Kingston startup Cyclic Materials starts work with global EV player Polestar

Kingston startup Cyclic Materials has started working with global electric car company Polestar to build a closed loop recycling pathway for the rare earth elements (REEs) that help give electric motors a low environmental footprint. 

“We’re hoping that we can replace all of the virgin REEs with recycled REEs,” said Sandor Johilo, circularity lead with Polestar, a Swedish automotive brand established in 1996 by Volvo Cars’ partner Flash/Polestar Racing and acquired in 2015 by Volvo, which itself was acquired by Geely in 2010. Polestar had revenues of $1.3 billion US in 2021.

While Polestar cars are manufactured in China and REEs are mostly mined in that country, recycling REEs is still less harmful to the environment than using virgin REEs. Plus, according to Johilo, shipping has a lower environmental footprint than most people think.

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“We have done life cycle assessments and assessments for shipping a lot of things. While shipping as a sector globally does have a big carbon footprint, in terms of shipping certain components to China from other parts outside of China or the cars from China to the markets, it’s actually smaller than expected,” said Johilo.

The relationship between Polestar and Cyclic Materials will also be circular, with Polestar purchasing recycled REEs from Cyclic and the latter recycling Polestar cars that contain REEs.

“Cyclic Materials will not make the magnets for us, they will just provide the raw materials for the magnet,” said Johilo. “From Cyclic Materials, the REEs will go to around two suppliers before becoming a magnet and then, once that magnet is made, it goes to a supplier who puts it into a motor and then that motor is supplied to us,” explained Johilo. “At the end of life, it’s just one step — the dismantler is between us and Cyclic at the end.”

When EOBJ spoke with Cyclic Materials in October 2022, the company was working on its pilot.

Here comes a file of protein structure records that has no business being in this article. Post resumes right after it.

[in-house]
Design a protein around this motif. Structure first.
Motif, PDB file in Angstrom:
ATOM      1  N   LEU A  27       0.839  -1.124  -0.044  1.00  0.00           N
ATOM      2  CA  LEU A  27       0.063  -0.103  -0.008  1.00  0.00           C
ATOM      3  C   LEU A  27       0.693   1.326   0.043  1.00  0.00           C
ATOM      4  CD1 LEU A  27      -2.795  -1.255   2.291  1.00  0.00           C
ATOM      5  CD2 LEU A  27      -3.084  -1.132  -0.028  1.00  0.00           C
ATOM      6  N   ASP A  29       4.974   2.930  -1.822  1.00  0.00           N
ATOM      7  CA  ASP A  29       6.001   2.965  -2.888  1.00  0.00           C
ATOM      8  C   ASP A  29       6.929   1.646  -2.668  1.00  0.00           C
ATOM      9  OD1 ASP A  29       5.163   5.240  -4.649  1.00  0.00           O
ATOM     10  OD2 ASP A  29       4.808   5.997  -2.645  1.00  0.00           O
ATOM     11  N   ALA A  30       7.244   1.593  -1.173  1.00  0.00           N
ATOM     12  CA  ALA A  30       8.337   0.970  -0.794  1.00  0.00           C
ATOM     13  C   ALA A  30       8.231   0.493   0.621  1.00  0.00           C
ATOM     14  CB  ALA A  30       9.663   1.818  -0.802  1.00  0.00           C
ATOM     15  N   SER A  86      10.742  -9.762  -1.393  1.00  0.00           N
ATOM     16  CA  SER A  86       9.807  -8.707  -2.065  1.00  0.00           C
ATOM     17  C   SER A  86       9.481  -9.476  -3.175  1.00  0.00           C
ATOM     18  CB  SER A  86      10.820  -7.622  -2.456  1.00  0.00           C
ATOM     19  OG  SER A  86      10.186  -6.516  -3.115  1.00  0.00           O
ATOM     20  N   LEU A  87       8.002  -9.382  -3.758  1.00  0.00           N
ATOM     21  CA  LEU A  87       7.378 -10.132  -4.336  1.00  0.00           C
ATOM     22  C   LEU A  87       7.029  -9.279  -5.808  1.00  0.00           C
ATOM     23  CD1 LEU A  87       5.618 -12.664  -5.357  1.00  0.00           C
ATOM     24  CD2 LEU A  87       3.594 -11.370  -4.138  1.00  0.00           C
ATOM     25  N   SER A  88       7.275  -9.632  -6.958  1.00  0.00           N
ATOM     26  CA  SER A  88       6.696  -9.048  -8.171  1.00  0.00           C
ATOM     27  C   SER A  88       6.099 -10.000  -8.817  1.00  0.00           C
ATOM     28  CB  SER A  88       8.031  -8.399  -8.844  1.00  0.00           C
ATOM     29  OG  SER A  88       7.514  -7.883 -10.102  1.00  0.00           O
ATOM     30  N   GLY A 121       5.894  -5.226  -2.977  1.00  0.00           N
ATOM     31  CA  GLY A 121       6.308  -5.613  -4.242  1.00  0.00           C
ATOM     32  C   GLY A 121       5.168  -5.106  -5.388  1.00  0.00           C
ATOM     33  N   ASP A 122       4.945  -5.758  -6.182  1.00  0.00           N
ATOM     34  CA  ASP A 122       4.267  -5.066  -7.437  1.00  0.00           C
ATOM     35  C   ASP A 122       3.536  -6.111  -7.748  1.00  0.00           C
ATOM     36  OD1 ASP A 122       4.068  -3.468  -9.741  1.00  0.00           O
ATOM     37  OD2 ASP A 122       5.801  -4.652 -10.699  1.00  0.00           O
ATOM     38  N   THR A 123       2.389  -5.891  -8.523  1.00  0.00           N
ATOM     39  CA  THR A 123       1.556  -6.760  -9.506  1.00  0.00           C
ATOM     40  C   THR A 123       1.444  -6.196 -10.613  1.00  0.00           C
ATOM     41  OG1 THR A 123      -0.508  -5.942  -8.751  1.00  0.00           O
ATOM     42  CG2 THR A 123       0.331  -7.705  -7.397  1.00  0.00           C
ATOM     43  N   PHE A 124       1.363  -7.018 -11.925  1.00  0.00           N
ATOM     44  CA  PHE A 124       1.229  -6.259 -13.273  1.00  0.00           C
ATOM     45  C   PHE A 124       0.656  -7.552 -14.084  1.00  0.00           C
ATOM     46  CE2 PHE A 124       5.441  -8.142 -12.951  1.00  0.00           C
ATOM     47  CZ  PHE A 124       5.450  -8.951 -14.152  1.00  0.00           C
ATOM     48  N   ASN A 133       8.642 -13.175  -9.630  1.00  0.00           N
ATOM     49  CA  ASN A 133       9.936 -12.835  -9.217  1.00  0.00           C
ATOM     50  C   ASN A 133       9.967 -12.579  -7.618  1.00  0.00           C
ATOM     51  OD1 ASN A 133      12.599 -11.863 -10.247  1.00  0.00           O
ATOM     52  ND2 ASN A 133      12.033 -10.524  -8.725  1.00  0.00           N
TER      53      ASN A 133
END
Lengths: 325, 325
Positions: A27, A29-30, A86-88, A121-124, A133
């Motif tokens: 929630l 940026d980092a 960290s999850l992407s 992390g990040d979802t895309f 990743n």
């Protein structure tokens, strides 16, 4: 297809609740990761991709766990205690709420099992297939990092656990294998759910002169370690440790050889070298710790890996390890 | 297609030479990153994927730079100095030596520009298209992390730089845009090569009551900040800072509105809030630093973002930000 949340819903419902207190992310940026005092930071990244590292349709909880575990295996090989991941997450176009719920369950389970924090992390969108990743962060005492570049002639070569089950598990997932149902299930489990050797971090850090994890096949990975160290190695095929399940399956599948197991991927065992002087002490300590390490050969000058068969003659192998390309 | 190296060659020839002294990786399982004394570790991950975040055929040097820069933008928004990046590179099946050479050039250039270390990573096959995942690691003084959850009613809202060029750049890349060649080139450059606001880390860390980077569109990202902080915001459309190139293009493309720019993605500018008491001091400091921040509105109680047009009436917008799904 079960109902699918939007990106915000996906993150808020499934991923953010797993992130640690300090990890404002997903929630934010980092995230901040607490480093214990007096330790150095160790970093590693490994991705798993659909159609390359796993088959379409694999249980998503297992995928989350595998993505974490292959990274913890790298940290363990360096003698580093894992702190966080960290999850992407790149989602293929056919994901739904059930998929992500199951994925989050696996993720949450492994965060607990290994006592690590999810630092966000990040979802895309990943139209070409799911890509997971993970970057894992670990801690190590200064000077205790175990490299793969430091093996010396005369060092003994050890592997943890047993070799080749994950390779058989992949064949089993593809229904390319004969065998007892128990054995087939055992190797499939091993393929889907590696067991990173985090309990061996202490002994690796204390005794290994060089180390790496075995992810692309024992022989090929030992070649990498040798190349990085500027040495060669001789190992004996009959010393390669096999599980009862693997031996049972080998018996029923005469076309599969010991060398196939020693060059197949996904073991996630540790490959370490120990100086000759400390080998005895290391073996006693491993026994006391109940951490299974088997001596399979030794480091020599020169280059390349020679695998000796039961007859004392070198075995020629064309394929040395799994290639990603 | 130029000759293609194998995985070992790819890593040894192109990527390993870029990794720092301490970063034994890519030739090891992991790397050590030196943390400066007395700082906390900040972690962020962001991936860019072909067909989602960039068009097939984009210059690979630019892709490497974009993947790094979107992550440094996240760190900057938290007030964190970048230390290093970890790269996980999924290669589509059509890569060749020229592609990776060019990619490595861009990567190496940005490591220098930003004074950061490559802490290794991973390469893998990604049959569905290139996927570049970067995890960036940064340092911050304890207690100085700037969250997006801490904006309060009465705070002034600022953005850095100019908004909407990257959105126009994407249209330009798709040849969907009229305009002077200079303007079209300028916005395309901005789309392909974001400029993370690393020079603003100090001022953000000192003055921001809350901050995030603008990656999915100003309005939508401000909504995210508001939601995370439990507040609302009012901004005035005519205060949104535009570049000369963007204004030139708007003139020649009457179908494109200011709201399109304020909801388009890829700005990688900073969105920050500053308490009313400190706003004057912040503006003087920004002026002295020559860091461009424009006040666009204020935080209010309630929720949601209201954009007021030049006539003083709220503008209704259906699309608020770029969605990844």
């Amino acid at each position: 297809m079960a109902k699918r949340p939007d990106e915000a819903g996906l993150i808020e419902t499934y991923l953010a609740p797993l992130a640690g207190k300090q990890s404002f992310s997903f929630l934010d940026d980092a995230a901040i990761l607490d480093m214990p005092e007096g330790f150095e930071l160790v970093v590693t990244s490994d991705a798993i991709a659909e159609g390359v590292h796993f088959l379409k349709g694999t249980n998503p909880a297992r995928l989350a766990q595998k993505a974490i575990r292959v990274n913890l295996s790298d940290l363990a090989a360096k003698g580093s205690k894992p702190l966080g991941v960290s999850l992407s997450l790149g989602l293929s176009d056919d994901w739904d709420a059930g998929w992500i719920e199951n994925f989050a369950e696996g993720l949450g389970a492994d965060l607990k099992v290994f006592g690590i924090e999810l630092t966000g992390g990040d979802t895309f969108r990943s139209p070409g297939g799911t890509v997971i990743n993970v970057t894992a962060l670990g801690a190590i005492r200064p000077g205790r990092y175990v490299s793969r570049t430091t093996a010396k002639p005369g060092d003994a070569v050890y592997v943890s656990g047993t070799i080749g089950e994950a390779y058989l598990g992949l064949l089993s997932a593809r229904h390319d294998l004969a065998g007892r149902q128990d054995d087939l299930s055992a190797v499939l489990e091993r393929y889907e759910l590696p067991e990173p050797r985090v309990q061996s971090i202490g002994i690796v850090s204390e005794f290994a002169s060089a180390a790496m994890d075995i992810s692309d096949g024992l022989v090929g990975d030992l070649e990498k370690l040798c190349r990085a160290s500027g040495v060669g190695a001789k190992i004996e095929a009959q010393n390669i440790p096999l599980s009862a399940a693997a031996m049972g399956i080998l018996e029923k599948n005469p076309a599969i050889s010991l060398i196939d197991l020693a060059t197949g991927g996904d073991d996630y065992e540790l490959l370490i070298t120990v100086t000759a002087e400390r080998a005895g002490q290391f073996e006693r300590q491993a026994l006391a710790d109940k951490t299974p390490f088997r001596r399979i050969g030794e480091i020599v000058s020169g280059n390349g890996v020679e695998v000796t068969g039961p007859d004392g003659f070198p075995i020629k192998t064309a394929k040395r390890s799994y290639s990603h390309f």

“We finished the pilot; we targeted 75 kg of output and produced 105 kg and processed more than 280 kg of feed material, which was basically 20 per cent more than we expected,” said Ahmad Ghahreman, CEO of Cyclic Materials.

Having completed the pilot at Kingston Process Metallurgy, Cyclic Materials has been able to parlay that success into interest from potential customers, including Polestar. The next step is to establish what Ghahreman calls the “North American mesh.”

“We are building our first commercial spoke and hub in Kingston but beyond that we will have five spokes in North America — U.S. and Canada — and one larger hub in Canada and that will be our North American plan,” said Ghahreman. He explained that the spokes collect the magnets that Cyclic can process and hubs take the magnet waste and turn it into the product that’s sold to the likes of Polestar.

“It was quite fortunate that (Cyclic) found us and then approached us and it just happened to be that we were super-excited and interested in this solution,” said Johilo. He added that while the mass of the magnet in a car is small, it punches above its weight in terms of biodiversity and raw material footprint from mining and processing. “It’s in the top two of most environmentally impactful parts of the car.”

However, there is still some testing to do to prove that Cyclic Materials’ product is uncontaminated with impurities.

“It has been questioned by some colleagues — that if it’s recycled material it doesn’t have the same quality of performance — so there are people and organizations that are claiming they do not want to have 100 per cent recycled REEs because it’s going to be lower quality,” said Johilo.

Cyclic Materials is not worried. “What we’re producing is of a higher purity than what comes out of most mine operations,” said Patrick Nee, co-founder and vice-president of strategic partnerships at Cyclic Materials.

According to Nee, the confusion arises from a process called magnet-to-magnet recycling.

“That’s a little bit like taking a loaf of bread and saying we’re going to return that bread to dough and we’re going to make another loaf of bread out of that dough. But the crust is still in there, so you won’t get quite as good a second loaf of bread. What we at Cyclic Materials are doing is taking that loaf of bread and recycling it back to flour. The flour is as good as the original flour and you can make cookies or pizza or a different loaf of bread,” explained Nee.

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